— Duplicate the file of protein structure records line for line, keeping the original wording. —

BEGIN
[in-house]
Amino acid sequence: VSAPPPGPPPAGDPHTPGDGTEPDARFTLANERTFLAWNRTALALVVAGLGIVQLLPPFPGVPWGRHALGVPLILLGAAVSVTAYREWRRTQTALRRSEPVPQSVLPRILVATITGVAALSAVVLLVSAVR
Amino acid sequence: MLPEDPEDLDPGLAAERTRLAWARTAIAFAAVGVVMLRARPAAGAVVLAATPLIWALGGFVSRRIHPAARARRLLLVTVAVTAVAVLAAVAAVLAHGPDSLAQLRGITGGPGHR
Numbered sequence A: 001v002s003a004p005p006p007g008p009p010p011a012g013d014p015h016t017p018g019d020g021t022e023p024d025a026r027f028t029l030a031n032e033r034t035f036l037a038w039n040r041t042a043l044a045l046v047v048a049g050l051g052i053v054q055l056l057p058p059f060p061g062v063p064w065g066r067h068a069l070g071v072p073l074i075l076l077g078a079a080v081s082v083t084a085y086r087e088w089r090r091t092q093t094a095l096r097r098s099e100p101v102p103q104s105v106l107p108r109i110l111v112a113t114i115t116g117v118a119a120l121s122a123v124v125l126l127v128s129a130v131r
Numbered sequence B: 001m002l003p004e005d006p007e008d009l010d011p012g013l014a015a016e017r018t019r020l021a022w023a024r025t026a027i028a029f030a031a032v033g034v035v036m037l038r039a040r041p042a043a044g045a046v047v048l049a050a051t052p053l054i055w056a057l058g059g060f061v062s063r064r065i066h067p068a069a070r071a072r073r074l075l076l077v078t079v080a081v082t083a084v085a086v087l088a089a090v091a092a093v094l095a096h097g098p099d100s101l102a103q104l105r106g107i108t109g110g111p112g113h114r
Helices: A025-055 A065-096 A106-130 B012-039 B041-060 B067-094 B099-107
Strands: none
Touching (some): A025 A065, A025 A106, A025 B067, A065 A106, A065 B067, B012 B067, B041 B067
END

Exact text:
[in-house]
Amino acid sequence: VSAPPPGPPPAGDPHTPGDGTEPDARFTLANERTFLAWNRTALALVVAGLGIVQLLPPFPGVPWGRHALGVPLILLGAAVSVTAYREWRRTQTALRRSEPVPQSVLPRILVATITGVAALSAVVLLVSAVR
Amino acid sequence: MLPEDPEDLDPGLAAERTRLAWARTAIAFAAVGVVMLRARPAAGAVVLAATPLIWALGGFVSRRIHPAARARRLLLVTVAVTAVAVLAAVAAVLAHGPDSLAQLRGITGGPGHR
Numbered sequence A: 001v002s003a004p005p006p007g008p009p010p011a012g013d014p015h016t017p018g019d020g021t022e023p024d025a026r027f028t029l030a031n032e033r034t035f036l037a038w039n040r041t042a043l044a045l046v047v048a049g050l051g052i053v054q055l056l057p058p059f060p061g062v063p064w065g066r067h068a069l070g071v072p073l074i075l076l077g078a079a080v081s082v083t084a085y086r087e088w089r090r091t092q093t094a095l096r097r098s099e100p101v102p103q104s105v106l107p108r109i110l111v112a113t114i115t116g117v118a119a120l121s122a123v124v125l126l127v128s129a130v131r
Numbered sequence B: 001m002l003p004e005d006p007e008d009l010d011p012g013l014a015a016e017r018t019r020l021a022w023a024r025t026a027i028a029f030a031a032v033g034v035v036m037l038r039a040r041p042a043a044g045a046v047v048l049a050a051t052p053l054i055w056a057l058g059g060f061v062s063r064r065i066h067p068a069a070r071a072r073r074l075l076l077v078t079v080a081v082t083a084v085a086v087l088a089a090v091a092a093v094l095a096h097g098p099d100s101l102a103q104l105r106g107i108t109g110g111p112g113h114r
Helices: A025-055 A065-096 A106-130 B012-039 B041-060 B067-094 B099-107
Strands: none
Touching (some): A025 A065, A025 A106, A025 B067, A065 A106, A065 B067, B012 B067, B041 B067